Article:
At The Socialite Family we create bold and timeless designs to suit any interior. We aim to create an easy relationship between elegant design and a comfortable home, a principle to which Giovanna de Bosredon – founder of the interior design studio Auguri – also adheres when she is designing her projects, including this apartment in Bordeaux where she recently moved with her family. For the Paris-Malaquais graduate, the harmonious decoration of a space is based on one essential principle: “creating a dialogue between the history of the property and what is to come.” For Giovanna, now resident in Bordeaux, an indicator of a project’s success is that it has “been carried out appropriately without compromising what is already there.” And she has followed this principle in her home by excavating the beauty of a parquet floor hidden under layers of tiles and concrete, repairing the mouldings, and cleaning the white stone of the walls. Elegantly simple architectural assets that are harmoniously combined with softly coloured – and perhaps “slightly old-fashioned” – furniture that echoes them. A selection of objects with stories, “(which) are not randomly chosen from a catalogue”. Far from the fashion effects and decorative schemes that are “too pronounced, too marked or ostentatious” for her taste, the former collaborator with Laura Gonzalez brings her Mediterranean identity to bear “without taking herself too seriously” in her family home. From Miuccia Prada to Luigi Ghirri, numerous Italian influences have inspired the designer to create a refined world full of nostalgia, where other children will soon – perhaps – join Pio, walking or running from one end to the other of these carefully considered spaces!
Round cushions are so now! Back in favour in some of the most beautiful interiors this September, these soft cushions with their sensuous shape are available in a myriad of different varieties – and can be used in endless different ways. These velvet cushions are certainly going all out. Perfect colours for the autumn/winter season, when we all want to kit out our chairs and sofas. In bright solid colours, The Socialite Family’s round cushions are already a classic – we can’t get enough of them.
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Giovanna, Gautier: will you introduce yourselves, please?
Coming from an immigrant family, I am of Italian origin through both my parents (Calabria and Sicily). I grew up in an international atmosphere between Brussels and Luxembourg. You might say I’m a child of Europe because I’ve been living in Bordeaux for three years, after eight years in Brussels and seven years in Paris! I created the @auguri_auguri Instagram account at the end of 2016 to share my inspirations, aesthetics and love of places around the world. I’m a trained architect. In parallel, I established an interior design and art direction studio. We’ve lived in this apartment for a year with Pio, who is 20 months old!
I’m a music producer and co-director of an independent label. I’m from Bordeaux, and I came back to live here a little before COVID after several years spent living between Bordeaux and Paris.
What is your background?
Architecture seemed to be an obvious choice; when I was a child I used to have fun designing my dream house! I still went through law school before going to La Cambre in Brussels for my bachelor’s degree and to ENSA Paris-Malaquais for my master’s degree. I’ve always liked collecting places. I now have tons of business cards, cards (short ones) that list them in pictures on Instagram and in a database. It’s an index I’ve been nurturing for years! I work very intuitively. I wanted to take a break after six years of studying and joined Louis Vuitton, where I was able to work with exceptional craftspeople on some outstanding international projects. During this period, I realised that interior design, working with materials, the sense of detail and decoration spoke to me even more than the world of architecture. One thing led to another, and then I returned to Laura Gonzalez to devote myself to this aspect of the job. I learned a lot and flourished there working on some very nice boutique, art direction and hospitality projects (restaurants, hotels, and so on). I jumped ship in 2018 to join Barbarito Bancel as project manager on the renovation of the Moet-Hennessy offices above the Bon Marché Rive Gauche before setting up my studio in late 2019.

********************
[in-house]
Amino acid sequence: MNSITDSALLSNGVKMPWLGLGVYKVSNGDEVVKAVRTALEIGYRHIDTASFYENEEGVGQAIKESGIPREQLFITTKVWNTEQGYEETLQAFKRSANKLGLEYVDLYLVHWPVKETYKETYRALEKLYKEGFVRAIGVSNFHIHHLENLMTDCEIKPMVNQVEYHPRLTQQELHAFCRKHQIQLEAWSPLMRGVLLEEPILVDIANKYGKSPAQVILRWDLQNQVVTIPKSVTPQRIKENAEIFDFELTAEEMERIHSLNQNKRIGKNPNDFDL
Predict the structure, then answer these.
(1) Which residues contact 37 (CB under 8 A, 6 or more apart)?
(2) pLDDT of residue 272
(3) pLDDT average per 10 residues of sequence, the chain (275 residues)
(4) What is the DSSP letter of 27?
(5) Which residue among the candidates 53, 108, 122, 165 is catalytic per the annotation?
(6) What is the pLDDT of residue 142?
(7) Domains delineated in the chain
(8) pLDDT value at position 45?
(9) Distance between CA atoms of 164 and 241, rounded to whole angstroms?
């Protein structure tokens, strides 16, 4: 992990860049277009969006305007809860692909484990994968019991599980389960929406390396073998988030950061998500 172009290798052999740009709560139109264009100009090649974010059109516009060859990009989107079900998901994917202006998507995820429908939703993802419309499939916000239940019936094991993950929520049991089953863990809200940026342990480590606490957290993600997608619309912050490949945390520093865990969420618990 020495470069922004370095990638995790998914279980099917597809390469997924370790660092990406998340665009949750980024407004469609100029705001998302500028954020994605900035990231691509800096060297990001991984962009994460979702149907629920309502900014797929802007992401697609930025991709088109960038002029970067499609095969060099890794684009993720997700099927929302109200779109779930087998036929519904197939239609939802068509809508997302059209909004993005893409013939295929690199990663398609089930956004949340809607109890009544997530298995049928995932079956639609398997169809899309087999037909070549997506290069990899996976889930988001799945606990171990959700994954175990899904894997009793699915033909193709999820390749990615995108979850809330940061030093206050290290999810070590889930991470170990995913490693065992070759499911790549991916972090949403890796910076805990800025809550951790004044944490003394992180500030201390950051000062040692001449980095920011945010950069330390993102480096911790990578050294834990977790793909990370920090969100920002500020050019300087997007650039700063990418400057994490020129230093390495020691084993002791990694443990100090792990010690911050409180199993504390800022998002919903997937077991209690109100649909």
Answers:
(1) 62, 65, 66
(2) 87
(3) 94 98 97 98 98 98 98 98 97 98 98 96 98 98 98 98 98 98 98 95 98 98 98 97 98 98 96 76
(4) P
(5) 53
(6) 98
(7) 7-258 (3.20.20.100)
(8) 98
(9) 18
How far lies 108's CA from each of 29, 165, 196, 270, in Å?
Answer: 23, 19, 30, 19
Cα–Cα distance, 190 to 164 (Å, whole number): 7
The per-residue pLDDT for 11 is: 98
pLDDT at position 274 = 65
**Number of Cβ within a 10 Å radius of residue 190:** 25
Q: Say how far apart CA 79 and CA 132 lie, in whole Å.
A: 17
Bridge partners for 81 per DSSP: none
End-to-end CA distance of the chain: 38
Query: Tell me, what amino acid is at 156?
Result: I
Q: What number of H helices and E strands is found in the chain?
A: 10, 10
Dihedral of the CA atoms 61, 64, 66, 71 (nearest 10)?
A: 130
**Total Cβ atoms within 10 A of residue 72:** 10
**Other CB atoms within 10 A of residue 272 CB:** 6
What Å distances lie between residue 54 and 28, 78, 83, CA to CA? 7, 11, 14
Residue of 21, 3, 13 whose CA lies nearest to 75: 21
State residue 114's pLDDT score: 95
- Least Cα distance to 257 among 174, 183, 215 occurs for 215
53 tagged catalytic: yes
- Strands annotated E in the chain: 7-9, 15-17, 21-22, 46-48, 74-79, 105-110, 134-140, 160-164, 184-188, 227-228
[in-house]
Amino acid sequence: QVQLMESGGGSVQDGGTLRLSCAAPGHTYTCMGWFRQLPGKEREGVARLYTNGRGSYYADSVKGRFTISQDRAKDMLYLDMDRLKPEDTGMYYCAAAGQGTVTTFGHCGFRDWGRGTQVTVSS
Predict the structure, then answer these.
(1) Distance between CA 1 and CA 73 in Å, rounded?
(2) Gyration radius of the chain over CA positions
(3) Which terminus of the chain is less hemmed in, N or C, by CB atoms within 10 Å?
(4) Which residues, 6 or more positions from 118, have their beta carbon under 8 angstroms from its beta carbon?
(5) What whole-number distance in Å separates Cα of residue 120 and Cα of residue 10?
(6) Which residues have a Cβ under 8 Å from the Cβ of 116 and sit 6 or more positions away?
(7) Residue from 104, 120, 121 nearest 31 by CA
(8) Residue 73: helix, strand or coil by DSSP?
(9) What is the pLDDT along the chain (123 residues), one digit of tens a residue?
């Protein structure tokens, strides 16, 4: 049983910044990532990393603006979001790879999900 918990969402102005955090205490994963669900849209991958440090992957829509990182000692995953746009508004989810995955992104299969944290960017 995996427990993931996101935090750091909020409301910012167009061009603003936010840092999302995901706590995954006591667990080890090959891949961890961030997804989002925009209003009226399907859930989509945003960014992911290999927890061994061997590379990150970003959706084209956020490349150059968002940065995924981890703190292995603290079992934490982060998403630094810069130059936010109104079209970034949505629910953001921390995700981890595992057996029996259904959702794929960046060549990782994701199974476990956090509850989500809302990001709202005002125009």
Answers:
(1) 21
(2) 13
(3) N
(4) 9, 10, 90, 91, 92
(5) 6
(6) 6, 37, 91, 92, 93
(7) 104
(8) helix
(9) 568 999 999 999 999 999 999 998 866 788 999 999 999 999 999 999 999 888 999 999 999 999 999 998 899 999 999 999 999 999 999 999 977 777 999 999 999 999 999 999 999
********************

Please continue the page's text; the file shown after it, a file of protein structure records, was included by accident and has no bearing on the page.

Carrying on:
Tell us about your upbringing. Where did you grow up – and how did that influence the way your tastes have developed?
My family background is quite far removed from the architecture and design world. My parents are, nonetheless, aesthetes who’ve always had a taste for decorating and dressing well, the Italian way. They passed it on; my sister is a stylist, and I’m an architect! I think my education was mainly built on travelling from a very young age. We travelled to see places, to look for others, to observe with curiosity, and we still marvel at each new encounter.
Architecture seemed to be an obvious choice; when I was a child I used to have fun designing my dream house!
Introduce us to Auguri Studio, your architecture and interior design business.
My ambition is to create places with simple, clean lines. I really like to start from a neutral base because it will continue to work over time. I often work on renovations, so I start from a context, a story or a way of describing a project, from people’s daily habits, and from details specific to this or that client. So many tangible and intangible elements are essential to accurately defining a project so that it works! Site visits often allow us to clarify very quickly how we’re going to interact successfully with what’s coming, to create some kind of link, so it looks as if it had always been there. For me, a project is successful when it’s carried out appropriately and without compromising what is there already. I avoid fashion effects or decorative schemes that are too overpowering, too marked or ostentatious. I appreciate simplicity, the fact that the place breathes without being too busy and that the light can find its way through the spaces to create a soothing atmosphere.
How would you define your style?